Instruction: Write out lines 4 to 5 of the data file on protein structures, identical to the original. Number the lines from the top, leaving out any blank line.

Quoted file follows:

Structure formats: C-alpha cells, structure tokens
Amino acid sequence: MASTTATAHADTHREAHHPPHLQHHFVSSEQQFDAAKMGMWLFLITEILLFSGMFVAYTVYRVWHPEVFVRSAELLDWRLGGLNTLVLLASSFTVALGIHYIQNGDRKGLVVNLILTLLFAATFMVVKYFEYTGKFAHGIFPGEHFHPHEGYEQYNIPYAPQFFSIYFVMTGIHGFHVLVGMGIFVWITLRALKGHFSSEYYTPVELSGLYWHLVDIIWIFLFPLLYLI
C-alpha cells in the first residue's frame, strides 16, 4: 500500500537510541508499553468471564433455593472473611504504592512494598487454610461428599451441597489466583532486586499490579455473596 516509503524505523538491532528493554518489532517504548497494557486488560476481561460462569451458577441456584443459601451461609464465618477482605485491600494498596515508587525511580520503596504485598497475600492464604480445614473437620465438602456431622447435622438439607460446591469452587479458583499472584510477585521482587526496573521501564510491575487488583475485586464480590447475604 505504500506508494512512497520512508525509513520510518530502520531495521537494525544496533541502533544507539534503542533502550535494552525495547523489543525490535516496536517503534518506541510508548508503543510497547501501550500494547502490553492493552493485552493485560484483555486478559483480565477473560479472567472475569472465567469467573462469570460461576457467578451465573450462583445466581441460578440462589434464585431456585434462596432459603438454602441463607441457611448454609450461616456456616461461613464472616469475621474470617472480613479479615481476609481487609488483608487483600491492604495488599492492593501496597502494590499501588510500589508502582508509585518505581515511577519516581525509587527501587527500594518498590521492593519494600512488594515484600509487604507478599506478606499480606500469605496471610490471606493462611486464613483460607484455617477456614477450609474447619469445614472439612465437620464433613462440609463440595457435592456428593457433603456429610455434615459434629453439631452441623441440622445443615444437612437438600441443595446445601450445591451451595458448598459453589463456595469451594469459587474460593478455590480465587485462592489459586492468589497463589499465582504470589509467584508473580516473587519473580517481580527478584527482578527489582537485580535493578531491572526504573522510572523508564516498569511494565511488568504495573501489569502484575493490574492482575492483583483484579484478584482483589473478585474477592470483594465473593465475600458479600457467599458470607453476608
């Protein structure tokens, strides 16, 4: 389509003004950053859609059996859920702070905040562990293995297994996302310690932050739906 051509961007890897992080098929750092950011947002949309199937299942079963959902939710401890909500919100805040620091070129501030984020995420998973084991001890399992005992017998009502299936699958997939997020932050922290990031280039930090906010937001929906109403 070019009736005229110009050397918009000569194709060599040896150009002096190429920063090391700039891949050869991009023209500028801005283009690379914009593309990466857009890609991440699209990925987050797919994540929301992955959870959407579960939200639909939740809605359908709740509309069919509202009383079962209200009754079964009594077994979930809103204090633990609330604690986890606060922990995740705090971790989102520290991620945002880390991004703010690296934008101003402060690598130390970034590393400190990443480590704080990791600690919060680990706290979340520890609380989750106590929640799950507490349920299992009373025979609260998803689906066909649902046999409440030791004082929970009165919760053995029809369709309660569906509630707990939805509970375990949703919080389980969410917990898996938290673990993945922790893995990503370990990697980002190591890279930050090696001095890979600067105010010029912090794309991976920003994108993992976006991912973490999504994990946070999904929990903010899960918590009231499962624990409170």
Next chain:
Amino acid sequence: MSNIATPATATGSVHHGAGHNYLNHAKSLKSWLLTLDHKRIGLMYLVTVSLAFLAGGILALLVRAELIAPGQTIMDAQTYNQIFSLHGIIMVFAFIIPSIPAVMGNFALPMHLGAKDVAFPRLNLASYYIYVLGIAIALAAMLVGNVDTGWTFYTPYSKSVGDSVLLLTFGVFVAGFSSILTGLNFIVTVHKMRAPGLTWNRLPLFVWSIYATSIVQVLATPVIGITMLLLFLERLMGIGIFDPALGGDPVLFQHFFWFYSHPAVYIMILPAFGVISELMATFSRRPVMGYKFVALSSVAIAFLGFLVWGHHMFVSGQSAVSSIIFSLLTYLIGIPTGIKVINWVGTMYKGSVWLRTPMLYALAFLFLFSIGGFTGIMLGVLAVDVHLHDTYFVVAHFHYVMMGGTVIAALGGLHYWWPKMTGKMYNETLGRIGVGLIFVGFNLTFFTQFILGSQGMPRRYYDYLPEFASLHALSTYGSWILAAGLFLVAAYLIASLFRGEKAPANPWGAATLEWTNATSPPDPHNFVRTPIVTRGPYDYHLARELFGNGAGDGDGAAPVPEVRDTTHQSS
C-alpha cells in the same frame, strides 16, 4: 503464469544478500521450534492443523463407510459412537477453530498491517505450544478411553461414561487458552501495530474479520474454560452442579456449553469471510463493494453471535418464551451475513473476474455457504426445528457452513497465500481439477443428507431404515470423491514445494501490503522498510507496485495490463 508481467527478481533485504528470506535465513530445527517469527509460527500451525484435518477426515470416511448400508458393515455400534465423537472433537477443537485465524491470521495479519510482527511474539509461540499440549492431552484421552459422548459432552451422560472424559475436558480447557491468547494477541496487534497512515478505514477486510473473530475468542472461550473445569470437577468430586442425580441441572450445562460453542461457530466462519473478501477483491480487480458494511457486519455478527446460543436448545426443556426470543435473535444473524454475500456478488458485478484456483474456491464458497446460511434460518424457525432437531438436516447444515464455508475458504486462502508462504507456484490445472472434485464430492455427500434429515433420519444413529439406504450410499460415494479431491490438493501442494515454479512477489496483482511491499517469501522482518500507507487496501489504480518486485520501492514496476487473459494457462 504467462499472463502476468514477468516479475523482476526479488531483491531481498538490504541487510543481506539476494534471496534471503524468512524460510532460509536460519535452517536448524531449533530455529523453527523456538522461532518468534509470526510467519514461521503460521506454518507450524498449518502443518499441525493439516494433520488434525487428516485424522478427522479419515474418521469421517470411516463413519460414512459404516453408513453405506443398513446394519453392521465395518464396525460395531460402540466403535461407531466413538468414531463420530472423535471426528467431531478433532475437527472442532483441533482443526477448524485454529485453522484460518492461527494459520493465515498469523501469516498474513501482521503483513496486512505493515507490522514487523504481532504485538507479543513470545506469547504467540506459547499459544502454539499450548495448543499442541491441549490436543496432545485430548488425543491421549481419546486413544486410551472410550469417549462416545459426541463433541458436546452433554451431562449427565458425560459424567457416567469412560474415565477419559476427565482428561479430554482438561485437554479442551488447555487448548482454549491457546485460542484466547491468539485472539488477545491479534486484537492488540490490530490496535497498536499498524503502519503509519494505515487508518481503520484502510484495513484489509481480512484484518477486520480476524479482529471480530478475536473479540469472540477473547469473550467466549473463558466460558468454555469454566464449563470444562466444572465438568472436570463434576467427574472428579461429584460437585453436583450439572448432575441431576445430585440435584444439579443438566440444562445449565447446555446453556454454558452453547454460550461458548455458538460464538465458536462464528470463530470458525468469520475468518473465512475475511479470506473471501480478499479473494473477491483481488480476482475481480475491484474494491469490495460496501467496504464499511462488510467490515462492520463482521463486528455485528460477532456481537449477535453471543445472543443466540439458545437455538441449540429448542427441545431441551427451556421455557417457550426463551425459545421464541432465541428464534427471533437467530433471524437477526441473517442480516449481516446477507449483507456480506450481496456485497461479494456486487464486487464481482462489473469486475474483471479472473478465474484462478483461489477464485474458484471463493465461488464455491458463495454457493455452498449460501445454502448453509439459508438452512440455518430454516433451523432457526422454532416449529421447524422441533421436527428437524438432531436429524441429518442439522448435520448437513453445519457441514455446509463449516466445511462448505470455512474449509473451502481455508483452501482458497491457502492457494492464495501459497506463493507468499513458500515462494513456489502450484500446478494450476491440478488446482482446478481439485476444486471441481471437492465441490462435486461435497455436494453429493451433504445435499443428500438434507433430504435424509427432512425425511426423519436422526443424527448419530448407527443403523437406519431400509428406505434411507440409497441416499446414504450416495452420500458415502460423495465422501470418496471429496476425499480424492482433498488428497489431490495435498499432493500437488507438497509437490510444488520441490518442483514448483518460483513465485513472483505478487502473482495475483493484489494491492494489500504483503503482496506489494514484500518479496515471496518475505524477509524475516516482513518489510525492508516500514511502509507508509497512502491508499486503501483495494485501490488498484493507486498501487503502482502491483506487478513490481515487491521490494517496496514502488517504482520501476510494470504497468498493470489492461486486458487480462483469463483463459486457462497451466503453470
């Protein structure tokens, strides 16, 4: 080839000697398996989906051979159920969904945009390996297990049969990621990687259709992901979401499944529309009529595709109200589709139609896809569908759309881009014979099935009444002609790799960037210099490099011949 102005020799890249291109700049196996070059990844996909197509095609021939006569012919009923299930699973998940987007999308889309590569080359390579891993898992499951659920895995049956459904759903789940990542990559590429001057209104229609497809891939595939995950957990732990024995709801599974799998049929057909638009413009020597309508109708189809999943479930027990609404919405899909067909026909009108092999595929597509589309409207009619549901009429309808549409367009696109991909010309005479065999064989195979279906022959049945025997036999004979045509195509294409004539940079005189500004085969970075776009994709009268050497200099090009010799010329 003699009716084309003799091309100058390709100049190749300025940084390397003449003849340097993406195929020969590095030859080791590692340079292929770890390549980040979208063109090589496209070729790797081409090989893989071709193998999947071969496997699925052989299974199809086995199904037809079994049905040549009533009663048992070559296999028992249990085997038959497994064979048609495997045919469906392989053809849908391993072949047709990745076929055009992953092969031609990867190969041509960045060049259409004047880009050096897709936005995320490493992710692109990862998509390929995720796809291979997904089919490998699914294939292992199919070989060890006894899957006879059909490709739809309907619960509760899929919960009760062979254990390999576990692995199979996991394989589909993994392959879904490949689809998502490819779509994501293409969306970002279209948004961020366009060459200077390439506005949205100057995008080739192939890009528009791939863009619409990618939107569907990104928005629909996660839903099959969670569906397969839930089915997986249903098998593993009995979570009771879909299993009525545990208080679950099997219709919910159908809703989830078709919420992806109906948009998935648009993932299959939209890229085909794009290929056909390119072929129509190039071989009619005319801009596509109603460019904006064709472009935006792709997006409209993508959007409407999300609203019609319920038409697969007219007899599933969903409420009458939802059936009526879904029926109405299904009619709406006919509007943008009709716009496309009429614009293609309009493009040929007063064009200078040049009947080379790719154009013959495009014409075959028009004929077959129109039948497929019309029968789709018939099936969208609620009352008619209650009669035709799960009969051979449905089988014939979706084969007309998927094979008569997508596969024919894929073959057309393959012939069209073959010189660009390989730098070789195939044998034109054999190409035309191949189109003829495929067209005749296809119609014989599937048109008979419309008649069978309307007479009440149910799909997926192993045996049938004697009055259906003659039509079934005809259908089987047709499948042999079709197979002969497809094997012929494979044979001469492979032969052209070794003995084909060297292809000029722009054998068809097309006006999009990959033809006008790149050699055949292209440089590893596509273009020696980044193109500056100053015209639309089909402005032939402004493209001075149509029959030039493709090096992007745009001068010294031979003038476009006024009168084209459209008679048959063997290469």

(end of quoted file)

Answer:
């Protein structure tokens, strides 16, 4: 389509003004950053859609059996859920702070905040562990293995297994996302310690932050739906 051509961007890897992080098929750092950011947002949309199937299942079963959902939710401890909500919100805040620091070129501030984020995420998973084991001890399992005992017998009502299936699958997939997020932050922290990031280039930090906010937001929906109403 070019009736005229110009050397918009000569194709060599040896150009002096190429920063090391700039891949050869991009023209500028801005283009690379914009593309990466857009890609991440699209990925987050797919994540929301992955959870959407579960939200639909939740809605359908709740509309069919509202009383079962209200009754079964009594077994979930809103204090633990609330604690986890606060922990995740705090971790989102520290991620945002880390991004703010690296934008101003402060690598130390970034590393400190990443480590704080990791600690919060680990706290979340520890609380989750106590929640799950507490349920299992009373025979609260998803689906066909649902046999409440030791004082929970009165919760053995029809369709309660569906509630707990939805509970375990949703919080389980969410917990898996938290673990993945922790893995990503370990990697980002190591890279930050090696001095890979600067105010010029912090794309991976920003994108993992976006991912973490999504994990946070999904929990903010899960918590009231499962624990409170």
Next chain: